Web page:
- Start small, build skills.
I think this is very important. It’s hard to know where to start, and it’s easy to get overwhelmed. You can see my previous blog post here for a guide to my first few garments.
- Make a muslin… or two… or three.
A muslin, also called a toile, is made with cheap fabric (I usually use cotton muslin I buy for $.99/yard). Muslins are primarily used as a means to test the fit of the pattern and make alterations. Look at where your muslin is wrinkling, and think about what can be done to remove that. Wear the muslin around the house for a bit to make sure it’s comfortable. And for the beginning sewist, muslins are also a great way to familiarize yourself with a pattern and to practice the new techniques it requires.
- Don’t be afraid of alterations.
I have to make a lot of alterations to even the most simple patterns, which shocked me at first. I thought I must be doing something wrong, but sewing your own clothes will make you examine your body in a way you probably haven’t before. I noticed I was making similar alterations to many patterns, which made me realize I have narrow and flat shoulder. I had no idea! And I’m not the only one! There are all sorts of alterations for all parts of your body. Which brings me to my next point…
- Google is your friend!
From fit to techniques, the internet is a wealth of helpful articles and videos! Many indie pattern companies have sewalongs or blog posts about some of their patterns, particularly for tricky bits in beginner patterns. I also use various blog posts to figure out fit issues often.
- Find your sewing community.
I do a lot of different crafts, and I’ve found the sewing community to be extremely helpful, kind, and inspiring! At this point I would say at least 2/3 of the people I follow on Instagram are sewists! When I have a question Google can’t answer, I ask on Instagram, and I usually get a lot of helpful advice.
I also use Instagram a lot to find new patterns, fabrics, and inspiration. There are a lot of places you could do this, but Instagram is the big one for me!
- Pay attention to fabric types.
This is a hard one. Any pattern you buy will have a list of recommended fabric types, and that list can be overwhelming. Focus on a couple recommended fabrics, and start there. Eventually you’ll learn what fabrics you like to work with and how they hang. A pattern can look completely different with different fabrics, which can be both scary (the unknown!) but also exciting (you can make the same pattern several times and have very different results!).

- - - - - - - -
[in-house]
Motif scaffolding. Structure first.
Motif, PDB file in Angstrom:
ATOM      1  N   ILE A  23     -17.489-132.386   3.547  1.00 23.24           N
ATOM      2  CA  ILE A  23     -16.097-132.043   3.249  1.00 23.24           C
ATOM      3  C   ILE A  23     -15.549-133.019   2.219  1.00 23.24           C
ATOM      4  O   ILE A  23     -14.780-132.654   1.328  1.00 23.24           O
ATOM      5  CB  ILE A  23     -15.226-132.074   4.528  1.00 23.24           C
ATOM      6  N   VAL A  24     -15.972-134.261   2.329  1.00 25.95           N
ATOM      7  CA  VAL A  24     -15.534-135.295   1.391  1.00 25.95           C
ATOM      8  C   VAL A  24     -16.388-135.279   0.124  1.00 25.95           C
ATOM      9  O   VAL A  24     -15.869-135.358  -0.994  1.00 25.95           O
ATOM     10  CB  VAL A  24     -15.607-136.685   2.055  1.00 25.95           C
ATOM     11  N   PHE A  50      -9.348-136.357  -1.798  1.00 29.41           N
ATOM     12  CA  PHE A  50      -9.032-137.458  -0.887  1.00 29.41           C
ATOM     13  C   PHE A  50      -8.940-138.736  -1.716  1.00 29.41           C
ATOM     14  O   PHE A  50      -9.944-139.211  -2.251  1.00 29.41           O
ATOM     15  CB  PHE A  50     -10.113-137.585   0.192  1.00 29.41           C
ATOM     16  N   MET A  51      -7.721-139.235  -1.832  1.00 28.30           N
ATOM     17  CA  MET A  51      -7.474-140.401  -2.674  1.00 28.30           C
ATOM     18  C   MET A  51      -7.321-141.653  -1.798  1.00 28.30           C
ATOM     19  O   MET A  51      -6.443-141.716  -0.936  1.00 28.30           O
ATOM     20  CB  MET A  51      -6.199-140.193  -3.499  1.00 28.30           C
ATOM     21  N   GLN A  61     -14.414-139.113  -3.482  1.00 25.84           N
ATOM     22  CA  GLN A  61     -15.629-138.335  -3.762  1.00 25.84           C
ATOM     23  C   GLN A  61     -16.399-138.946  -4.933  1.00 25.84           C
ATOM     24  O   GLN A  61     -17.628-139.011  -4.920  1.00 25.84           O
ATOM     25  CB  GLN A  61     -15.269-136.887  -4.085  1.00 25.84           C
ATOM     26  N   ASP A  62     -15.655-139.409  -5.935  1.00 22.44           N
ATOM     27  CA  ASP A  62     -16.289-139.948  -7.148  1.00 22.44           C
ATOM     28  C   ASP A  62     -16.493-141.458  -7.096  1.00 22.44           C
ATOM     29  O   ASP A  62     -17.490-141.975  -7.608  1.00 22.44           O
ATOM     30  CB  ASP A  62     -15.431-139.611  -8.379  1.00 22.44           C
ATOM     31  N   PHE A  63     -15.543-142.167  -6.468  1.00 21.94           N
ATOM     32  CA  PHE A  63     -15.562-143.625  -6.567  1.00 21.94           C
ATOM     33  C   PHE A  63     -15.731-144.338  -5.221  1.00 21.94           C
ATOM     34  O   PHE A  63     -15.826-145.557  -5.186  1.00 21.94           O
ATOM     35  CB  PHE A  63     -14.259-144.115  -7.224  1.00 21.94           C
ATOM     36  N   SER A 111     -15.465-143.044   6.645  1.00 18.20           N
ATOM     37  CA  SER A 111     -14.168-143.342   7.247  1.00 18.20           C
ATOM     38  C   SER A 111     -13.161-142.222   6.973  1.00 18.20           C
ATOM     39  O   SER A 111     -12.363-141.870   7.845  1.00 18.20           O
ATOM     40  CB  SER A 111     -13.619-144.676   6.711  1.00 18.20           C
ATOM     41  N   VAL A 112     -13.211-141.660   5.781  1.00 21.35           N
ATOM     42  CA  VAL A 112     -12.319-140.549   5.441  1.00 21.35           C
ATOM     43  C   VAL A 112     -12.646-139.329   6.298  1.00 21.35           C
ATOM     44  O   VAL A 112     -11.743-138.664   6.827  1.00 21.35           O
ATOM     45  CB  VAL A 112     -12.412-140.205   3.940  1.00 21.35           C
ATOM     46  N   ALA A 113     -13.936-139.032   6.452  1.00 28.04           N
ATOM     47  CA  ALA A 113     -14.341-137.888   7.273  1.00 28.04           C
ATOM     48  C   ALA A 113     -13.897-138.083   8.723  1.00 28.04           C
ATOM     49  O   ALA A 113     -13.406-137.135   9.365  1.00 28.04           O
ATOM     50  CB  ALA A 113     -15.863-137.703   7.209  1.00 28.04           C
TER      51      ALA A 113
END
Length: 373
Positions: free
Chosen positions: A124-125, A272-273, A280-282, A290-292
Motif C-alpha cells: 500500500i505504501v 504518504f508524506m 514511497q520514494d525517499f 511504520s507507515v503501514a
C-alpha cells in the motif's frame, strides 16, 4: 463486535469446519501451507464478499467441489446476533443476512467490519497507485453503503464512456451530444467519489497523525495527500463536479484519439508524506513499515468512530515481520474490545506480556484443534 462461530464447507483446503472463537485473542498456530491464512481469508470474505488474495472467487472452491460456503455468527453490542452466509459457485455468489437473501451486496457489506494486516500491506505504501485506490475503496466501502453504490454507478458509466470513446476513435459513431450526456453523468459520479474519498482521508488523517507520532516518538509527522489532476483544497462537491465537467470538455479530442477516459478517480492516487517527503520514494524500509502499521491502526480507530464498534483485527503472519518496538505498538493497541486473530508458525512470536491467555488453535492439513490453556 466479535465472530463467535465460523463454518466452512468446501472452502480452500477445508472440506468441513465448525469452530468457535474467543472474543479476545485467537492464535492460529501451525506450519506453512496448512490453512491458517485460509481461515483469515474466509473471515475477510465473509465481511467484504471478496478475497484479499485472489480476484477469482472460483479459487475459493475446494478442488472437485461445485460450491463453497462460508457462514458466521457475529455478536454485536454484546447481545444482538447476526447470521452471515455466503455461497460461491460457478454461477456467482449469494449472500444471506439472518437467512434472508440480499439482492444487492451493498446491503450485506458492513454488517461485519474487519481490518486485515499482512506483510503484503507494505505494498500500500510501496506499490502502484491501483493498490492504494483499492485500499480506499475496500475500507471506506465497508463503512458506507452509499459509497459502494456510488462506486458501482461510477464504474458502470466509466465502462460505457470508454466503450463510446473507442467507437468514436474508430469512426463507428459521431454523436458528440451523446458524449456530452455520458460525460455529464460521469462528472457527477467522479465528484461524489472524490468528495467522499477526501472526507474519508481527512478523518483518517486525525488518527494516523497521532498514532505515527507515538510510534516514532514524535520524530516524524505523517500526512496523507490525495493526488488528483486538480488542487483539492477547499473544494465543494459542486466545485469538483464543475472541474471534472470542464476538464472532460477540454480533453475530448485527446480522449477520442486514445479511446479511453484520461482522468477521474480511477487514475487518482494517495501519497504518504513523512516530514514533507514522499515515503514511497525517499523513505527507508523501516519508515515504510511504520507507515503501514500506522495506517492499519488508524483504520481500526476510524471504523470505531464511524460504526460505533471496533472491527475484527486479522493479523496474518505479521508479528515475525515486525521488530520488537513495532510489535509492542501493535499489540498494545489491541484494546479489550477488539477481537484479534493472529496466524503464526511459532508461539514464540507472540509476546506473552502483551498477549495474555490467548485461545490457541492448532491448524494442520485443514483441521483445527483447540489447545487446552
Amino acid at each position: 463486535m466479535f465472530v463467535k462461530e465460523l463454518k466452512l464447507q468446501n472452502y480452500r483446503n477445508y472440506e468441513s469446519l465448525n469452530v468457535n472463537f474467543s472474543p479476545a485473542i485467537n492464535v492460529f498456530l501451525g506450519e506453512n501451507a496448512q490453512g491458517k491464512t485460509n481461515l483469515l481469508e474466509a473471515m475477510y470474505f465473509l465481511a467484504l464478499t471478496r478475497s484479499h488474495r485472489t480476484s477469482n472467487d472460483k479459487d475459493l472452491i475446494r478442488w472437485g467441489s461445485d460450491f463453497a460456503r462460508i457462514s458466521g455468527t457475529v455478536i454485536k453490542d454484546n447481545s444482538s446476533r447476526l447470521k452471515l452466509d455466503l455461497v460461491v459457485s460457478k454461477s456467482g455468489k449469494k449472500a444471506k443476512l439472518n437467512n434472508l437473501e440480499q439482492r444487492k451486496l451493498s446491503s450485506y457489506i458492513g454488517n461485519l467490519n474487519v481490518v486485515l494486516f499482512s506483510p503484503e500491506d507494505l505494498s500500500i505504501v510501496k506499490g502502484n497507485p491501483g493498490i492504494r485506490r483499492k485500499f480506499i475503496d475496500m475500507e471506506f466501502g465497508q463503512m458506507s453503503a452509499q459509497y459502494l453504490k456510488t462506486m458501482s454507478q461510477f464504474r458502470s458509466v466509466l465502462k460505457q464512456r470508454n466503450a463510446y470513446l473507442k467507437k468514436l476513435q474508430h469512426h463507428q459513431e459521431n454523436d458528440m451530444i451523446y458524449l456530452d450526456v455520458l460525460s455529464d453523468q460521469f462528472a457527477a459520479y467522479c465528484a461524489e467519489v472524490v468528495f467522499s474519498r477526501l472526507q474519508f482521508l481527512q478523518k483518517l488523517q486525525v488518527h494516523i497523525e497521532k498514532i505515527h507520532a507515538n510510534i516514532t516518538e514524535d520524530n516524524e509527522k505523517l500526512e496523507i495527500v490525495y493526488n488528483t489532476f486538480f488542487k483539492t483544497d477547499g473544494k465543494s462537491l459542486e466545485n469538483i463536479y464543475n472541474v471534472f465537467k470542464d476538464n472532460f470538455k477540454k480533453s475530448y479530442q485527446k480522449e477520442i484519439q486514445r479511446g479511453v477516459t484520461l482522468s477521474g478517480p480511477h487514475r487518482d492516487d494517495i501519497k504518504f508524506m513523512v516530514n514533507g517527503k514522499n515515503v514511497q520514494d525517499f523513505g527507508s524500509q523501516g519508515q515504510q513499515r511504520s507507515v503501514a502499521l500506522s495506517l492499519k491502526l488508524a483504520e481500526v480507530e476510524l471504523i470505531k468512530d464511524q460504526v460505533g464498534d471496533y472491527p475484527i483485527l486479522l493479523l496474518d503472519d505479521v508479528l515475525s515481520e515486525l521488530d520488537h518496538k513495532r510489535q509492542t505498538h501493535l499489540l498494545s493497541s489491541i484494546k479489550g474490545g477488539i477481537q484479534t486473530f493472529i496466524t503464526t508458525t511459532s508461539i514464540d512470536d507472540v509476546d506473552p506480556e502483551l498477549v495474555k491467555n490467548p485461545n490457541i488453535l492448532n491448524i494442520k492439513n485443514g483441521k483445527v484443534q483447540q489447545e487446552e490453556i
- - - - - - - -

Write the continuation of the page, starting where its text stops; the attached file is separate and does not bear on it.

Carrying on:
- Alter your pattern, not just the garment.
I learned this the hard way. Sometimes at the end of a project I make some adjustments to the nearly-completed garment without measuring or making any notes. I regret that later when I want to make the garment again but either can’t remember what I did or don’t have any clear markings. If you take an inch off the sides of the garment, make sure the pattern reflects that. Simple! But it’s a step I skip over and over.
- Keep extra needles and thread on hand.
Picture it: You’re sewing away on a Saturday night, glass of wine next to your machine, in the middle of a long seam. You have just enough time to finish the project and wear it tomorrow. Suddenly your machine shakes, and you see you’re out of black thread. No more sewing tonight! You’ll have to make a trip to the store just for one small spool of thread to finish the project. I keep an extra spool of my most-used colors on hand for moments like this – white, black, dark grey, light grey.
I also keep extra needles of different sizes. You never know when a needle will break, and you’ll also want some different sizes for different fabrics.
- Build what you want to wear!
What garments do you own that make you feel good? What garments have you always wanted to buy in stores but can’t find? Make those things. You have the opportunity to create a bespoke wardrobe custom-made for your body and your tastes.
About Buying Patterns: Big Four vs. Indie
You’re probably familiar with the “Big Four” pattern companies: Butterick, McCalls, Simplicity, and Vogue. These patterns are fine and well, but I’ve found indie pattern companies to be easier for beginners. Indie companies often have much more detailed instructions. You can also often find sew-alongs, helpful articles, and useful videos posted on their websites. And if you want help or advice, you can reach out to the indie designers directly to get their input!
Two of my favorite websites to browse patterns are Indie Sew and The Fold Line. The Fold Line has an extensive database of patterns, including those from big four companies, which you can filter by various features. Follow your favorite indie designers on social media and sign up for email lists so that you can keep up to date on new releases and sales!
If you live in the US, you should almost never have to pay full price for a big four pattern. Joann and Hobby Lobby both regularly have patterns on sale. I’ve bought Simplicity patterns for 99 cents! Just plan ahead (I keep a list of patterns I’d like to buy), and check sales regularly. I’ve found that McCalls and Simplicity go on sale the most.